Lately I am feeling especially chatty, and yet I do not want to alienate people on Facebook, so I turn to you, my friendly and ever-patient blog audience of, I don't know, three? Anyway, let's get started.
Is it just me or are people honking more lately in D.C.? Is it because it's the holidays? Is it because of the end of daylight savings? Is it Republicans? I was walking by an intersection and some town car driver had spaced on a green light and the guy behind him, who was in some fancy-looking silver car, was really peeved about it. He leaned on the horn a good five seconds to let this guy know, "Hey, you are a real jerk for not immediately putting your foot on the gas pedal for this green light, and I am not going to stand for it one more second. I am personally OFFENDED by your lack of urgency, and I am lodging a protest right here." The best part was that, when the town car finally got moving, both cars turned right into another red light (this was at that weird Flatiron-building-like spot in DC by the bank converted into a Starbucks where Connecticut meets N and 18th Streets), and the honker had to slam on his brakes when he realized that for all of his effort he had moved a mere six feet only to wait at a new red light, which the town car would presumably extend once again for an agonizing three seconds.
I always like to try to get a good look at people who behave this way (and I try to remember that as a former car commuter, I almost certainly have behaved this way more than once). The yoga-practicing and Buddhism-dabbling side of me knows that I should be sending this person good vibes and really hoping that they can breathe out some of their Suffering and maybe like if I dedicate my Open Flow practice to them or some bs like that, they will find it within themselves not to honk the horn so obnoxiously tomorrow. But really I am just curious to see what people look like when they go buck wild for a really small reason. Some people are visibly upset and cursing silently behind their windows. Some are yelling audibly, usually with an arm/hand gesture to match. But some -- like this guy today -- are just blank-faced masks. They could be listening to NPR or they could be contemplating a sunrise, or they could be unleashing the full fury of their car horn on a hapless fellow driver. You would never know from their expressions. These last people, I'm convinced, are psychopathic.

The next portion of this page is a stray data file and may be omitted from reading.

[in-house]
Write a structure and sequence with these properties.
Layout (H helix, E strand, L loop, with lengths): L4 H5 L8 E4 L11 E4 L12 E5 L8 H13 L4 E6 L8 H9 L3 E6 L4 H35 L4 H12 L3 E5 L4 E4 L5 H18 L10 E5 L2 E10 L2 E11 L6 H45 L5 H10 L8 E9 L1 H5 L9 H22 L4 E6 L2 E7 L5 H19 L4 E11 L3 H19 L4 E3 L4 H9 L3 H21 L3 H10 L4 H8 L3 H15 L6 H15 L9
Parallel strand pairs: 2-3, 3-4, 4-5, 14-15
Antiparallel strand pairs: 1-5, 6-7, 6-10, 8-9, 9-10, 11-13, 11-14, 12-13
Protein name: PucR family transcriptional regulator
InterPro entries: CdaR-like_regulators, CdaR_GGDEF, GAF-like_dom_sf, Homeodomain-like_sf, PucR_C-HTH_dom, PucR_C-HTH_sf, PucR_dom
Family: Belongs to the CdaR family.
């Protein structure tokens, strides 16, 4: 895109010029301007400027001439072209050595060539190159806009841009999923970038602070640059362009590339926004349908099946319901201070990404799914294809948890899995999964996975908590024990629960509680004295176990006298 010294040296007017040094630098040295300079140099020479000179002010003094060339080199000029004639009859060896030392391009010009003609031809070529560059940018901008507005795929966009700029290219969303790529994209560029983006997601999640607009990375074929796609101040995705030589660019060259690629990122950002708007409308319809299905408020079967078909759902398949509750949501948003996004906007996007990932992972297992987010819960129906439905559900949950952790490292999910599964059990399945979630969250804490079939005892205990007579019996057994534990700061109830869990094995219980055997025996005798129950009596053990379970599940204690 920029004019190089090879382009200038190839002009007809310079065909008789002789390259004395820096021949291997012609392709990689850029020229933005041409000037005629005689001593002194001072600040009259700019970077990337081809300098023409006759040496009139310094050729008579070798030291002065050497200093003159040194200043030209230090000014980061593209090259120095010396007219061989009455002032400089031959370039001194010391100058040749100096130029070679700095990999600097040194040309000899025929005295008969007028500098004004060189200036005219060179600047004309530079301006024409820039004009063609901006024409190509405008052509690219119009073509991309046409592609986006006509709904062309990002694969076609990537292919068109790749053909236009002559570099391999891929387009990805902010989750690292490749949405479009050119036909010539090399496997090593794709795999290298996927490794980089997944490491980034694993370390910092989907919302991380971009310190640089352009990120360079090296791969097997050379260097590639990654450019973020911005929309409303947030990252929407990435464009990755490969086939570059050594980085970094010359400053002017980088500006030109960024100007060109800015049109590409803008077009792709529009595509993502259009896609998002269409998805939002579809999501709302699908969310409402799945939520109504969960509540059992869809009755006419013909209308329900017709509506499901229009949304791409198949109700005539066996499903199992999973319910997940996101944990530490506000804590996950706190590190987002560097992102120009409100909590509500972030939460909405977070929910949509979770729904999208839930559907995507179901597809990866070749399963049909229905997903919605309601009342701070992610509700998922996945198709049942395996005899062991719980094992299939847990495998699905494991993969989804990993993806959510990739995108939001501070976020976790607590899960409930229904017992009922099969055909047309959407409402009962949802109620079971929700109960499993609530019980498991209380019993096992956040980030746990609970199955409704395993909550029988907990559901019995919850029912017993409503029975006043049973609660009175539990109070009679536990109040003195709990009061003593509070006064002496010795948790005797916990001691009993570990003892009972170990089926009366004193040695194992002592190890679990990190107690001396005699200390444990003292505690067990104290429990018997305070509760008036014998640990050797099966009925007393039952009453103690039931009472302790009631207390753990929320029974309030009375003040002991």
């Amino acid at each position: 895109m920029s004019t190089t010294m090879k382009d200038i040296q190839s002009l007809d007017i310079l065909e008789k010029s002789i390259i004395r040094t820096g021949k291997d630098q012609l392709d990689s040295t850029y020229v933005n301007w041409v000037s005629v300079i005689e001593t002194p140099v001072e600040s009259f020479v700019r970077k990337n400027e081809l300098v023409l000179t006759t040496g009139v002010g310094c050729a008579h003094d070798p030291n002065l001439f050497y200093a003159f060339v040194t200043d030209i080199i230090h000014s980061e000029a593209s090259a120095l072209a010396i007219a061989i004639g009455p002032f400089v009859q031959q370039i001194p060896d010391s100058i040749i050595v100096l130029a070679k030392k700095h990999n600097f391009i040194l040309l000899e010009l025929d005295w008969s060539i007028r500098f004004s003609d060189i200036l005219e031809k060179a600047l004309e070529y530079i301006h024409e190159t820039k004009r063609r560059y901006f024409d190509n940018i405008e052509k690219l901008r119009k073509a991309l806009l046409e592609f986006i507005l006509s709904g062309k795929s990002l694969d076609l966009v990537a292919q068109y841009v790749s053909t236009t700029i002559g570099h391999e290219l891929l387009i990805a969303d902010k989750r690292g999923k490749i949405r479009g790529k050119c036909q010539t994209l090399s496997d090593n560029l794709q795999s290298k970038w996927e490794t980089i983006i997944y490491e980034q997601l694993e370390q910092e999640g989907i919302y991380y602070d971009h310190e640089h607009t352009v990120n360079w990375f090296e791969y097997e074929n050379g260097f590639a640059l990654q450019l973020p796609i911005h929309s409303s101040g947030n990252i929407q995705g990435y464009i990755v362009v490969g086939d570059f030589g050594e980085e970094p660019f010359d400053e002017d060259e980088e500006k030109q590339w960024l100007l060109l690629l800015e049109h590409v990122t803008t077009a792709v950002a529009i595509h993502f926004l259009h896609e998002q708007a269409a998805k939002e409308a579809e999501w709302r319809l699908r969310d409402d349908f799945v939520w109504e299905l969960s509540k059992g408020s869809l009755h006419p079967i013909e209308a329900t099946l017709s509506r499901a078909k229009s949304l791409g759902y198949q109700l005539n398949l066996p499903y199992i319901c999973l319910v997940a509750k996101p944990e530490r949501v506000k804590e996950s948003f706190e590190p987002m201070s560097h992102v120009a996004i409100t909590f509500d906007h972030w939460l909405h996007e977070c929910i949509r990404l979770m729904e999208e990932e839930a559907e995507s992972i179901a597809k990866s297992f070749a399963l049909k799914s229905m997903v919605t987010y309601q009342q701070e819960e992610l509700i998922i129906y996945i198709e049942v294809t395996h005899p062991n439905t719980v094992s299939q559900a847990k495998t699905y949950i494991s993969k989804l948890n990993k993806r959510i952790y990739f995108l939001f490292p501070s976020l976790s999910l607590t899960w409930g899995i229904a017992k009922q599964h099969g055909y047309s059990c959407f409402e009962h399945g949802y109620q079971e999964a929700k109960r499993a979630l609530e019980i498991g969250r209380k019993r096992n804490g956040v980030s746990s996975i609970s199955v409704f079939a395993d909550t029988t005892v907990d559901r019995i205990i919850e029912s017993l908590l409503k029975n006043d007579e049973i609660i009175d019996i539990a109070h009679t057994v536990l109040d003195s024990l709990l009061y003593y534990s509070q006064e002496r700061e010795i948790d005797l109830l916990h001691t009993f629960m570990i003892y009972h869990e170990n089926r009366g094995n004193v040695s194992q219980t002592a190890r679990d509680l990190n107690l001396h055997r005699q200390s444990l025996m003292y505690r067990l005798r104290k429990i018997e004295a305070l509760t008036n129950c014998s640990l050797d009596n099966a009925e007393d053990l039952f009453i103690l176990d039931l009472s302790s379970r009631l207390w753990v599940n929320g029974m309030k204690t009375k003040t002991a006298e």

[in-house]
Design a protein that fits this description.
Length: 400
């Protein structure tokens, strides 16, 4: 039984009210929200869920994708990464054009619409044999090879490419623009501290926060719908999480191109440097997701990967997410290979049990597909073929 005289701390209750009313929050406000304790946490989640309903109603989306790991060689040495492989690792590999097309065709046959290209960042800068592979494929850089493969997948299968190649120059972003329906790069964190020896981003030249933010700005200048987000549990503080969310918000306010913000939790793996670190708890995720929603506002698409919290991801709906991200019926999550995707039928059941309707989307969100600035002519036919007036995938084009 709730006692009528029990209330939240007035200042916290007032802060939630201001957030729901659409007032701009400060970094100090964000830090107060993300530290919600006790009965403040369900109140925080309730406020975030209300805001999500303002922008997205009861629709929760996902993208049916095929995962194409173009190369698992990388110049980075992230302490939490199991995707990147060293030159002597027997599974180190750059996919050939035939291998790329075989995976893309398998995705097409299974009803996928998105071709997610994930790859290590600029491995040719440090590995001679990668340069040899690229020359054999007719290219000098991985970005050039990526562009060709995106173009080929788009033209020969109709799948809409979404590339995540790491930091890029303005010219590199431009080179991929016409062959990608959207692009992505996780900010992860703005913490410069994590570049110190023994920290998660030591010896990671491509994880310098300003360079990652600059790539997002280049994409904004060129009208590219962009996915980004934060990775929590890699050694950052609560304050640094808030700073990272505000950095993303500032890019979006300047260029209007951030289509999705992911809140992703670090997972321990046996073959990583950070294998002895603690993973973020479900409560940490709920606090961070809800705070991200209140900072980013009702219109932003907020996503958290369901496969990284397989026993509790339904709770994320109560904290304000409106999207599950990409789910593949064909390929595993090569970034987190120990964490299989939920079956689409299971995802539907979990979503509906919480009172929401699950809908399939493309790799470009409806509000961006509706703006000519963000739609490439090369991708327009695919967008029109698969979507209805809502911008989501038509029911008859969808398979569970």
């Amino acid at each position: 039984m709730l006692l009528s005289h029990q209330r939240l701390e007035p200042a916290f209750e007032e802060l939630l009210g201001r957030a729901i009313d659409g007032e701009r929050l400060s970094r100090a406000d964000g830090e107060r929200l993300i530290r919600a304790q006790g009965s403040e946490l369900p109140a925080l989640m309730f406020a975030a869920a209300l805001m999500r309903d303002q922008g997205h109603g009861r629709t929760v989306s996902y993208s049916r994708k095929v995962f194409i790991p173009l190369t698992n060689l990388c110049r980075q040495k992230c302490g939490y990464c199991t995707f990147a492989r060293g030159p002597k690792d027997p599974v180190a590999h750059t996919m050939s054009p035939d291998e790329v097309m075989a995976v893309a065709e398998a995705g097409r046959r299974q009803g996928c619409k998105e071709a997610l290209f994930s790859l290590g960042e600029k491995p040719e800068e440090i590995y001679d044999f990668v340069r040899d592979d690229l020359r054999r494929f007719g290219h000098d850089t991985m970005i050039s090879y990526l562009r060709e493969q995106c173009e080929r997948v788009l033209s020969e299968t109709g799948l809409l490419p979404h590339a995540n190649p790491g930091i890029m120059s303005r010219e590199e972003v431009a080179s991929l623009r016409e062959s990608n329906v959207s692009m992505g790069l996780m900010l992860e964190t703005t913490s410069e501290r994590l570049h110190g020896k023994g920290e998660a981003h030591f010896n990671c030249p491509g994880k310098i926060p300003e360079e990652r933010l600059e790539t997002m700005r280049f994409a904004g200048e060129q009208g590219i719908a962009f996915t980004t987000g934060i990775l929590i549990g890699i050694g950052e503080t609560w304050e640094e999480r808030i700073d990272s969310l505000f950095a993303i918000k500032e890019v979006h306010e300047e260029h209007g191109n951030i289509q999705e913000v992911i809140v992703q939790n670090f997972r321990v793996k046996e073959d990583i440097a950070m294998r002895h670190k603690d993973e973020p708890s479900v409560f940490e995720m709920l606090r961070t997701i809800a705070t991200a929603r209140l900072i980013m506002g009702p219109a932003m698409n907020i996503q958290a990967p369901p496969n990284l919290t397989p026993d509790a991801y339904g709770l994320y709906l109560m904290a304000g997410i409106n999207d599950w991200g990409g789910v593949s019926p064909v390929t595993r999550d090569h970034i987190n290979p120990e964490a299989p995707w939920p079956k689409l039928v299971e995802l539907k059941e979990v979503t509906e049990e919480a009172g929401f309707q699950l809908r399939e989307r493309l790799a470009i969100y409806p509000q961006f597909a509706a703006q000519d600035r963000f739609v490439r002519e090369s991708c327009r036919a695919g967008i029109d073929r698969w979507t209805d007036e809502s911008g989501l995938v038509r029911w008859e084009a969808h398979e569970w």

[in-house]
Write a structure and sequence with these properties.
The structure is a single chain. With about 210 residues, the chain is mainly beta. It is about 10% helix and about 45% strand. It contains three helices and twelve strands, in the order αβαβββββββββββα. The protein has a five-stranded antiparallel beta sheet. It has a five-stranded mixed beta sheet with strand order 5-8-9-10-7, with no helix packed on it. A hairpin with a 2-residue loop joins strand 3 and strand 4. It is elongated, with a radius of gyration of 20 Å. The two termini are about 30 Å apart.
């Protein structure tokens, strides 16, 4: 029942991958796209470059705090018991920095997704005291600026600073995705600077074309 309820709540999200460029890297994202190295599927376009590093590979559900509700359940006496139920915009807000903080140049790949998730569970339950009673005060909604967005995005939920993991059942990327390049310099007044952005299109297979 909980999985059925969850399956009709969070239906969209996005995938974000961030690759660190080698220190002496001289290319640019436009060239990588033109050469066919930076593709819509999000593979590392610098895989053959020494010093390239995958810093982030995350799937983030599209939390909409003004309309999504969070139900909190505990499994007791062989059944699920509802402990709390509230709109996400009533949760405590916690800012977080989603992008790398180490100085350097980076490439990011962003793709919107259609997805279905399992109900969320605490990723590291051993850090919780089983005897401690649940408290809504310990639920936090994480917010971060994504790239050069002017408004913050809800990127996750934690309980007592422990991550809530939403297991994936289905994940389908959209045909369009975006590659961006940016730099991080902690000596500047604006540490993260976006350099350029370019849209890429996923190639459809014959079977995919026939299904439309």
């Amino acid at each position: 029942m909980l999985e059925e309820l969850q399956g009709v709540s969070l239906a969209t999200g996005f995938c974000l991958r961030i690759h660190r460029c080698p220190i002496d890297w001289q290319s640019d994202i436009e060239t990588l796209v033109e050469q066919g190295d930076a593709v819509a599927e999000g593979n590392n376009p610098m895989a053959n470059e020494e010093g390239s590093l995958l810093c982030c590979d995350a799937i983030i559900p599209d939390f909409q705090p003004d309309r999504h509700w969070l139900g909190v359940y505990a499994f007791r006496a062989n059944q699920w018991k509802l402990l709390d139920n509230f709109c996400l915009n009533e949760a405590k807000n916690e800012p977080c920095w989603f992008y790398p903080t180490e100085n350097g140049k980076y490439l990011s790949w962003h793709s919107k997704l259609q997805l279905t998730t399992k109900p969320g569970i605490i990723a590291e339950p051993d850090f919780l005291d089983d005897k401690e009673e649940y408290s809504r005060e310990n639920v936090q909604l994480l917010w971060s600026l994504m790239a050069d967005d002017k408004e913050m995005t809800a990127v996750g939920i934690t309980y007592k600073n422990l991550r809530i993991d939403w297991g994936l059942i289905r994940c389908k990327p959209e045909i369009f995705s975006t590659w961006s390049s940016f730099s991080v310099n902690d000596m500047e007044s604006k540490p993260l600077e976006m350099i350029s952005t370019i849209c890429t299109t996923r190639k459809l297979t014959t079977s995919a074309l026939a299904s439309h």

As much as I do not like exposure to blaring horns, there is a level on which witnessing another person's rage eases my own. There were probably at least six things I was angry about when tonight's honker interrupted my reverie, giving me a break. Thank you, rageful honker.
My coworker was apologizing to me yesterday for constantly talking to herself because she is upset about our other coworker's noise. But I had been so rageful about our other coworker's noise that I hadn't even noticed her talking. Now that she told me she mutters to herself about it, I spend (just slightly) more time noticing that and being amused about it than I do being enraged by our speakerphone-dialing, outburst-producing, loud-conversation-having cohort. Thank you, partner in rage!
In the Whole Foods tonight there were so many white chicks with straight hair, puffy jackets and black workout leggings that I was glad Sir UncMo wasn't there because he could have left with the wrong woman by accident. It is a little weird to realize that you are wearing a uniform/personifying a stereotype and yet are too old and complacent to really care or do anything about it.
I'll just say it: I like Coco Austin (and yes, I looked up her last name) of Ice Loves Coco. Judge. Judge away! Have you watched the show? If not, leave me be. If so, tell me you are not in her corner. I realize I am now talking to zero people. But what I like about her is that, like Dolly Parton, she is all facade but no pretense. She looks fake but comes across real. She married a black man and is friends with black people, and yet she never once sounds like anything but a white girl, even though she lives in a world filled with white people who try to sound like black people because they apparently think it makes them cool. She unabashedly admits that she does not want kids at 33 (I have a soft spot for that) and unabashedly admits that she IS 33 and unabashedly admits that she always wanted to be a meteorologist but she doesn't "know the words." What's not to like? (Side note: I once interviewed Ice T in his hotel room and he started off the interview but asking me -- I think I am remembering this right -- what I thought of two women together., or something along those lines. I would like to hate him for trying to rattle me like that, but I took it in stride at the time and he was perfectly agreeable after that, and this was before he was with Coco, so I don't really bear him any ill will.)
Are you a Black Friday person? Were you ever a Black Friday person? Like, before it was Black Friday? I used to get a perverse pleasure out of heading to Montgomery Mall, my home mall, on the day after Thanksgiving. Everyone already knew at that point (in the '90s) that it was just plain stupid to head out shopping on that day. But it didn't have a name yet. For me, it wasn't about deals. It was about wading in, about opening the floodgates, allowing oneself to be smacked in the face (in a good way) by the holidays. Back then, it wasn't a marketing event called Black Friday. It was just good old-fashioned masochism. I miss that.
This is the funniest thing I have read in a long time. To recap: experiencing someone else's anger often eases mine. Thank you Facebook and Deborah Wassertzug.
Music: "Don't Judge Me"